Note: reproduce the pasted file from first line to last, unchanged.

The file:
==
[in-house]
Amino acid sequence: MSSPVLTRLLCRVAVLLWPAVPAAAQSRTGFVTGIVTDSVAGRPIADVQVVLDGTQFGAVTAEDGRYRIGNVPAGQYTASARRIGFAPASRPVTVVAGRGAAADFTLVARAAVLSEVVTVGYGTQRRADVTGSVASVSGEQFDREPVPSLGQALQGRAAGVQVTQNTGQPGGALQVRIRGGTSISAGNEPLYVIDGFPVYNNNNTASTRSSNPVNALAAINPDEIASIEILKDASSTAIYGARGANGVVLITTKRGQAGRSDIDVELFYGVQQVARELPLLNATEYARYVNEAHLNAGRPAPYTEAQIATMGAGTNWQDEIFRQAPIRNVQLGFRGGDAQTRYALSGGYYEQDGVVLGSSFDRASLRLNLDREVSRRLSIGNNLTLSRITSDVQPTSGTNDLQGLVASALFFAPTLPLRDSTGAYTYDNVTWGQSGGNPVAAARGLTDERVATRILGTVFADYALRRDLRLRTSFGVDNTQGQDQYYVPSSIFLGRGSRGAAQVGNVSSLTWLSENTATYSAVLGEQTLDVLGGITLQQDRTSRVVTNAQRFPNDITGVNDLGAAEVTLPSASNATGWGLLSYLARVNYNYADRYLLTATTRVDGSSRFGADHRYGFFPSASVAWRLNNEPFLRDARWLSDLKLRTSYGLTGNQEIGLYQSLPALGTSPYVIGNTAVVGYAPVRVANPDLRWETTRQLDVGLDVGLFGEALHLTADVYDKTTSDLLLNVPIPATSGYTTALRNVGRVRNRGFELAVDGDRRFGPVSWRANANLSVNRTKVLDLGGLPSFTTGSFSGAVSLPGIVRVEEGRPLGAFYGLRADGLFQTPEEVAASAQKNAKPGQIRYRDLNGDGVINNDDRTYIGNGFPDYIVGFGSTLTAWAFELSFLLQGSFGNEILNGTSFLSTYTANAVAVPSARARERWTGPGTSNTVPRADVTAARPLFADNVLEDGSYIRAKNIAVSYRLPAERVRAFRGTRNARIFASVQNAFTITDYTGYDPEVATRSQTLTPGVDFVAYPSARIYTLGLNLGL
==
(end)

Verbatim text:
[in-house]
Amino acid sequence: MSSPVLTRLLCRVAVLLWPAVPAAAQSRTGFVTGIVTDSVAGRPIADVQVVLDGTQFGAVTAEDGRYRIGNVPAGQYTASARRIGFAPASRPVTVVAGRGAAADFTLVARAAVLSEVVTVGYGTQRRADVTGSVASVSGEQFDREPVPSLGQALQGRAAGVQVTQNTGQPGGALQVRIRGGTSISAGNEPLYVIDGFPVYNNNNTASTRSSNPVNALAAINPDEIASIEILKDASSTAIYGARGANGVVLITTKRGQAGRSDIDVELFYGVQQVARELPLLNATEYARYVNEAHLNAGRPAPYTEAQIATMGAGTNWQDEIFRQAPIRNVQLGFRGGDAQTRYALSGGYYEQDGVVLGSSFDRASLRLNLDREVSRRLSIGNNLTLSRITSDVQPTSGTNDLQGLVASALFFAPTLPLRDSTGAYTYDNVTWGQSGGNPVAAARGLTDERVATRILGTVFADYALRRDLRLRTSFGVDNTQGQDQYYVPSSIFLGRGSRGAAQVGNVSSLTWLSENTATYSAVLGEQTLDVLGGITLQQDRTSRVVTNAQRFPNDITGVNDLGAAEVTLPSASNATGWGLLSYLARVNYNYADRYLLTATTRVDGSSRFGADHRYGFFPSASVAWRLNNEPFLRDARWLSDLKLRTSYGLTGNQEIGLYQSLPALGTSPYVIGNTAVVGYAPVRVANPDLRWETTRQLDVGLDVGLFGEALHLTADVYDKTTSDLLLNVPIPATSGYTTALRNVGRVRNRGFELAVDGDRRFGPVSWRANANLSVNRTKVLDLGGLPSFTTGSFSGAVSLPGIVRVEEGRPLGAFYGLRADGLFQTPEEVAASAQKNAKPGQIRYRDLNGDGVINNDDRTYIGNGFPDYIVGFGSTLTAWAFELSFLLQGSFGNEILNGTSFLSTYTANAVAVPSARARERWTGPGTSNTVPRADVTAARPLFADNVLEDGSYIRAKNIAVSYRLPAERVRAFRGTRNARIFASVQNAFTITDYTGYDPEVATRSQTLTPGVDFVAYPSARIYTLGLNLGL